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Quote:
Originally Posted by WallySimmonds View Post

I'm thinking about getting the Taichi, but I'm just wondering what CPU to pair with it. Have ordered the 1700x but is there much point - should i just go with the 1700?
If everything goes well, i am gettin the Taichi or the Killer for MB, and the 1700 for CPU. No reason to get XFR cpu,as i can manually overclock, saves me quite the money.
 

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Quote:
Originally Posted by AlphaC View Post

By 12+4 true phases you mean that it has 6+2 doubled by IR3598 , IR3599 or some other frequency divider as on the Intel OC Formula boards?

If you can affirm that it is the same VRM as on the Z170 OC Formula and Z270 Formula (basically tried and true since Z77/Z87/Z97) it would net AsRock many more buyers of the board since the CH VI Hero is plagued with BIOS issues according to early reports, although oddly enough the ASUS X370-Pro does not nearly have as many complaints.
Many of the cheap boards are using 4+3 or 6+3 for the phase count. The first portion is for CPU, second portion is for SOC not memory
 
X370 Taichi 12+4 phases
VRM controller : IR35201
Driver : IR3598.
Mosfet : Ti87350_40A
Choke : 0.22uH 60A

yes this is 6+2 doubled by IR3598 .
 

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Quote:
Originally Posted by Nickshih View Post

 
X370 Taichi 12+4 phases
VRM controller : IR35201
Driver : IR3598.
Mosfet : Ti87350_40A
Choke : 0.22uH 60A

yes this is 6+2 doubled by IR3598 .
Soo what are the pro's and con's of doubled phases?

I presume bigger max load per phase, but they share the same VRM, meaning worse voltage delivery (ripple)?
 

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Quote:
Originally Posted by ku4eto View Post

Soo what are the pro's and con's of doubled phases?

I presume bigger max load per phase, but they share the same VRM, meaning worse voltage delivery (ripple)?
That is why we need to develop 4-5 months early before launch to make product stable and solid. Different types of caps ,power trace layout and firmware of controller will determine result we have. Seems so far so good.
 

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Quote:
Originally Posted by Nickshih View Post

Z97 oc formula vrm is actually stronger. That is dual stack mosfet. Like 2 pcs Ti dualN per phase
I figured they weren't the same but similar. More than enough for Ryzen.
 

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Quote:
Originally Posted by WallySimmonds View Post

I'm thinking about getting the Taichi, but I'm just wondering what CPU to pair with it. Have ordered the 1700x but is there much point - should i just go with the 1700?
Ryzen 7 1700 is a good bet since they all seem to have the same clockspeed wall under water & air
Quote:
Originally Posted by Nickshih View Post

 
X370 Taichi 12+4 phases
VRM controller : IR35201
Driver : IR3598.
Mosfet : Ti87350_40A
Choke : 0.22uH 60A

yes this is 6+2 doubled by IR3598 .
Exactly what I needed. Thanks Nick
smile.gif
 

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Quote:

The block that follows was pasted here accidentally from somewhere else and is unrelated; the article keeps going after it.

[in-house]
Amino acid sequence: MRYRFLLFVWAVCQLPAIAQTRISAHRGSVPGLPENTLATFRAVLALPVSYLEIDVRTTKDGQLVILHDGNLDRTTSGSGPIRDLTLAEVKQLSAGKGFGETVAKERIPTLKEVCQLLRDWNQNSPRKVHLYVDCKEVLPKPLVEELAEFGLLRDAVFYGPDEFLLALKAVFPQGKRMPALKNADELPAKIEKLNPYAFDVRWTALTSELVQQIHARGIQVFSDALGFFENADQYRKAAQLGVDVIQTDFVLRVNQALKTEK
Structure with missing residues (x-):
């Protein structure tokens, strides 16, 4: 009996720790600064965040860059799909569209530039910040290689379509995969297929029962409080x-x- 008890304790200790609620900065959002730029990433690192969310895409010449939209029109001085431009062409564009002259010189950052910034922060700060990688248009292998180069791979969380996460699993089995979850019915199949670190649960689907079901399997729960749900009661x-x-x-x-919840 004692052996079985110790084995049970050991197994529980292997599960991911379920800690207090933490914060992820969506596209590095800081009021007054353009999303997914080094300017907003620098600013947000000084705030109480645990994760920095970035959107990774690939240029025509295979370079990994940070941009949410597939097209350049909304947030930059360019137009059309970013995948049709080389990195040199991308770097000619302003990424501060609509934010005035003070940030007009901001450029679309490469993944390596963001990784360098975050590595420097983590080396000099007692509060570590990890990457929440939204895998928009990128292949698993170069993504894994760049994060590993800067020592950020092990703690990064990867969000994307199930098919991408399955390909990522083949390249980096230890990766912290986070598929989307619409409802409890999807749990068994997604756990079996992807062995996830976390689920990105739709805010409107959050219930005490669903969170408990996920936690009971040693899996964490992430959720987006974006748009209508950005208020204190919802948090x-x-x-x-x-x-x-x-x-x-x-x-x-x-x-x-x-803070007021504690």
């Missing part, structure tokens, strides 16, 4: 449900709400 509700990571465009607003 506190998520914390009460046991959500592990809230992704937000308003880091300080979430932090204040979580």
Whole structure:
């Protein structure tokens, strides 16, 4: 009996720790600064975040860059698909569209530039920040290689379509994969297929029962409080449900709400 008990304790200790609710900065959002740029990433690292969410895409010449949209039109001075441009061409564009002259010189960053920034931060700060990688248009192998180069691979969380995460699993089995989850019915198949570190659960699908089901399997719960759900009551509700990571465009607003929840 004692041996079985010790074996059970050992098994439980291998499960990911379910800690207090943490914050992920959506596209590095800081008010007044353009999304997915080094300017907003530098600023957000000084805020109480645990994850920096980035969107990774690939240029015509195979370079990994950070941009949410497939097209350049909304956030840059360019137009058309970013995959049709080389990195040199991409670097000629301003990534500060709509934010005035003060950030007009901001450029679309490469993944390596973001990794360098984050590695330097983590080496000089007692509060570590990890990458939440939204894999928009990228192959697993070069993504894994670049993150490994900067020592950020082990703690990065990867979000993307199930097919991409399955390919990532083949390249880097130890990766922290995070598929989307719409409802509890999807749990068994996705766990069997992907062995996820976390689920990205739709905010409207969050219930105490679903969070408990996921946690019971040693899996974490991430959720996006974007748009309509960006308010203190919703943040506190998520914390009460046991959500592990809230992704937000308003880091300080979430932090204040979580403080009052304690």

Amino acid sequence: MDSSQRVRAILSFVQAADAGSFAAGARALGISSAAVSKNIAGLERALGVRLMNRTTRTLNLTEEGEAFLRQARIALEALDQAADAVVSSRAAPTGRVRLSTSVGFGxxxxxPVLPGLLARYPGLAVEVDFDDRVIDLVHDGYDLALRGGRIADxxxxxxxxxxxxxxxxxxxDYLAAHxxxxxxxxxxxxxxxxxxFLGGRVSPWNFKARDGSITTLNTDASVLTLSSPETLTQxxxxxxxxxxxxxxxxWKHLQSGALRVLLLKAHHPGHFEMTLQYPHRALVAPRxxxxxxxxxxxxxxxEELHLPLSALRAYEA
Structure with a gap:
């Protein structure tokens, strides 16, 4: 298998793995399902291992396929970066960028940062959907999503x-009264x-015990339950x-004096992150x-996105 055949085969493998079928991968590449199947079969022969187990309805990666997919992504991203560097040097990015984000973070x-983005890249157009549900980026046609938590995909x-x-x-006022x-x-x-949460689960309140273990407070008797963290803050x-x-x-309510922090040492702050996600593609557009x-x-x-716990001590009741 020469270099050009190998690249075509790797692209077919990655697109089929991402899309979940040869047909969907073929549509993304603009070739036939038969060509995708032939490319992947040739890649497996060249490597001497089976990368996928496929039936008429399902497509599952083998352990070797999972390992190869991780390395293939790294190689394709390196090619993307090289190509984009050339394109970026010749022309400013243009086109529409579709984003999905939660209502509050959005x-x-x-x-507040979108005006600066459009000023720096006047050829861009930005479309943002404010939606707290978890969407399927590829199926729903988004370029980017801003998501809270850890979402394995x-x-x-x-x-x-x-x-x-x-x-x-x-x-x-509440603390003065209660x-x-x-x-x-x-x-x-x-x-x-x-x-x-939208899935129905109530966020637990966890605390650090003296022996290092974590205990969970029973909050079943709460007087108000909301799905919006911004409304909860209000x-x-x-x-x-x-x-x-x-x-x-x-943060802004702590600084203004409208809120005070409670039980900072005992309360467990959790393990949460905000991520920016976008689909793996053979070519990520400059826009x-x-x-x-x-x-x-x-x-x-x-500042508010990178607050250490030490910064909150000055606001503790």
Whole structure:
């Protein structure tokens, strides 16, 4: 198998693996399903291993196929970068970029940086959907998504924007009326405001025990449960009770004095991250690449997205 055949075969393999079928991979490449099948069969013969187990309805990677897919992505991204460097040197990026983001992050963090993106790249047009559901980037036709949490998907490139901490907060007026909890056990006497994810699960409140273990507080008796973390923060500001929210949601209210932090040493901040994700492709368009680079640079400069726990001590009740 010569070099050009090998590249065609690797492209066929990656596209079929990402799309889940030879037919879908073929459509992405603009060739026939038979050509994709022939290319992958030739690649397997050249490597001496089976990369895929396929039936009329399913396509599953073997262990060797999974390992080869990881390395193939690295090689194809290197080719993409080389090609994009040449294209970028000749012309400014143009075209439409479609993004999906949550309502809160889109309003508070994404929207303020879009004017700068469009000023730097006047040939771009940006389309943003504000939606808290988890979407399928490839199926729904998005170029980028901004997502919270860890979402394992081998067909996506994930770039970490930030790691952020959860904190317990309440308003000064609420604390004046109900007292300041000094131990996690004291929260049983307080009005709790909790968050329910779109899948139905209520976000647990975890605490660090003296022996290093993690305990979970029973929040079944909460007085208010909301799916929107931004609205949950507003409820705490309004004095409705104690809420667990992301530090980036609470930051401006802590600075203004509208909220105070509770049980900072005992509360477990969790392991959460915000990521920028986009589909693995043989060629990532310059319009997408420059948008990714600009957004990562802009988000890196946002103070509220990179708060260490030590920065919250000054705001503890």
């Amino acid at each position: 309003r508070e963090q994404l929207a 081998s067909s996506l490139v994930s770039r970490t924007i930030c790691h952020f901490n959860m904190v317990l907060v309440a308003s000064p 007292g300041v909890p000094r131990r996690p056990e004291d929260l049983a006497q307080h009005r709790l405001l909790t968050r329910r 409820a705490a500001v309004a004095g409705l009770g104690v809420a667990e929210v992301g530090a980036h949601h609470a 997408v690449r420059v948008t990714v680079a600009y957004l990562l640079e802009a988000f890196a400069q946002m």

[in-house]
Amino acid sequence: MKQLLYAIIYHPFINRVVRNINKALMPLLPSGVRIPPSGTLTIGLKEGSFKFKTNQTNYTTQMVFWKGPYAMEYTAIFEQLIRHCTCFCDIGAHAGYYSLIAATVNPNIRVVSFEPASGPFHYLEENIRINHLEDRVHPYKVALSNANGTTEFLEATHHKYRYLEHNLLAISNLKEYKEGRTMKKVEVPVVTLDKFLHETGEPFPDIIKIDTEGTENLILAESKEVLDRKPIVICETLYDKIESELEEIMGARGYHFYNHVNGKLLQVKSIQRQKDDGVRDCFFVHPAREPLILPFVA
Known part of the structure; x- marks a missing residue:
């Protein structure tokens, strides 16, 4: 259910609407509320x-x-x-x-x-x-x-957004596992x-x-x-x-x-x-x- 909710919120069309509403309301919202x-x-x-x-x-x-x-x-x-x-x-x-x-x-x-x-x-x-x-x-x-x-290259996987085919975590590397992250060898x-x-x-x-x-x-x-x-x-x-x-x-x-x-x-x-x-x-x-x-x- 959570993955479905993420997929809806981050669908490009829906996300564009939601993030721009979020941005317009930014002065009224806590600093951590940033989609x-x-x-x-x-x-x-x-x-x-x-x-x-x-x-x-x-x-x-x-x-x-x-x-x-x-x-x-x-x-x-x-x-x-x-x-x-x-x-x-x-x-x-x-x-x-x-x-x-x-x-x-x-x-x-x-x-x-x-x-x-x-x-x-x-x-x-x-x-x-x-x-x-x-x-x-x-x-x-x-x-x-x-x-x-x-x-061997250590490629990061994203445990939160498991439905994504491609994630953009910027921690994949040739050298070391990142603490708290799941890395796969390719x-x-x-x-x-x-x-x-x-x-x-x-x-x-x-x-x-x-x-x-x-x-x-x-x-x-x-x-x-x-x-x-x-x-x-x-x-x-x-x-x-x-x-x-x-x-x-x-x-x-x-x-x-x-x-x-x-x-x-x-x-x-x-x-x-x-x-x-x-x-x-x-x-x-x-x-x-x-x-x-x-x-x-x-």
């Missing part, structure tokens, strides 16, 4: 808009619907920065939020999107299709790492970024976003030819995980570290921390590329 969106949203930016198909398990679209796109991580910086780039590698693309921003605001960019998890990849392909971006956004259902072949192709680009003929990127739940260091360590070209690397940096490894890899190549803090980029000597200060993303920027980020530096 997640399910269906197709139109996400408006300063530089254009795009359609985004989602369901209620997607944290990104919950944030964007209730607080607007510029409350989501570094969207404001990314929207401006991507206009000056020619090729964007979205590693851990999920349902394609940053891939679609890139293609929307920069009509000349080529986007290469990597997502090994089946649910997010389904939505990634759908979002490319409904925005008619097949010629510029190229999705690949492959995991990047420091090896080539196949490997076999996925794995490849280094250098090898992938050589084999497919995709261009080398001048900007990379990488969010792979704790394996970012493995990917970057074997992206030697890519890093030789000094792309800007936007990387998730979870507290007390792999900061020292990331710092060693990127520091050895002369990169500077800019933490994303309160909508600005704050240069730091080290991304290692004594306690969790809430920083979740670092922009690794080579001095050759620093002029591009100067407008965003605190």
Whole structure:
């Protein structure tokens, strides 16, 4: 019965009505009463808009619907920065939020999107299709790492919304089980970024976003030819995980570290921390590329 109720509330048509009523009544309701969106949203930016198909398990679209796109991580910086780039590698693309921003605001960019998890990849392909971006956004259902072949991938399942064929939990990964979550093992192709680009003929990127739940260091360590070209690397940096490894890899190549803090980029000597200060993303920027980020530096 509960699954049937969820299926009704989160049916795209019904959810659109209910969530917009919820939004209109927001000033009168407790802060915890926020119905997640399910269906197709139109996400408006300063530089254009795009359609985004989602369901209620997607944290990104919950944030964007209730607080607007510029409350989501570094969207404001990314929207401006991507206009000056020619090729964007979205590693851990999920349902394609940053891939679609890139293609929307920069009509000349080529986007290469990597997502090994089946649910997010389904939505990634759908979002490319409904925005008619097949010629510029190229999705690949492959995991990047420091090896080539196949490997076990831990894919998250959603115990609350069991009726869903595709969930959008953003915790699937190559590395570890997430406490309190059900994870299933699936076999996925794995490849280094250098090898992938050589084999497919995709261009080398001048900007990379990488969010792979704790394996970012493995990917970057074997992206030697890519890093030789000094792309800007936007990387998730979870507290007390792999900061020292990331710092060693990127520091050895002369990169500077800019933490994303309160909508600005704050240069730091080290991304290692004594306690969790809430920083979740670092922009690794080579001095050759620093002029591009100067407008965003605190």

Originally Posted by Undervolter View Post

The Gigabyte 970 UD3P, can be found at 75 EUR and it goes all they way to 4.5Ghz
4.4 GHz without resorting to BCLK. Anything higher and the board doesn't post. Plus, the VRMs get super hot. I can run benchmarks at 4.8, even 5 GHz for some, but even at 4.5 on air the VRM temps get too high with Prime unless you use a very high level of airflow through/onto them. I replaced the thermal pad and it didn't help.

The highest clock I can say was 1 hour large FFT in-place Prime stable was 4.7 but the VRM temp was out of spec.

Despite the flaws the 2.0 version of the UD3P (the one I have) was a great value (at Micro Center) until ASUS started selling Aura boards at Micro Center with rebates. But for those without a Micro Center pricing is very different.
 

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Quote:
Originally Posted by AlphaC View Post

I would definitely say that Asrock X370 Taichi , Asrock X370 Fatal1ty Professional (same as Taichi with different coloring and NIC) or ASUS X370 Crosshair VI Hero are the ones to get based on preliminary specifications review.
Then I looked at the data you provided:
Quote:
Originally Posted by AlphaC View Post

Asrock X370 Taichi / Fatal1ty Pro: worst case would be 240A due to doubler

ASUS X370 Crosshair VI Hero : since it's using a doubler worst case would be 240A , it may very well be a 4+2 PWM controller though

Gigabyte GA-AX370-Gaming K7 : 240A

Gigabyte GA-AX370-GAMING 5 : 240A
The same 240A is what you gave as your worst-case scenario number for every board you put amperage numbers with. However, the Hero board is even more of a question, according to your data.
 

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So im guessing after the X370 Taichi the next best vrms go in this order? Fatal1ty X370 Gaming K4 then ASRock X370 Killer SLI/ac and X370 Killer SLI?
 

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Newegg has ETA March 7,2017

Microcenter has the Fatal1ty Professional at certain locations but not the Taichi http://www.microcenter.com/product/476355/Fatal1ty_X370_Professional_Gaming_AM4_ATX_AMD_Motherboard

Quote:
Originally Posted by superstition222 View Post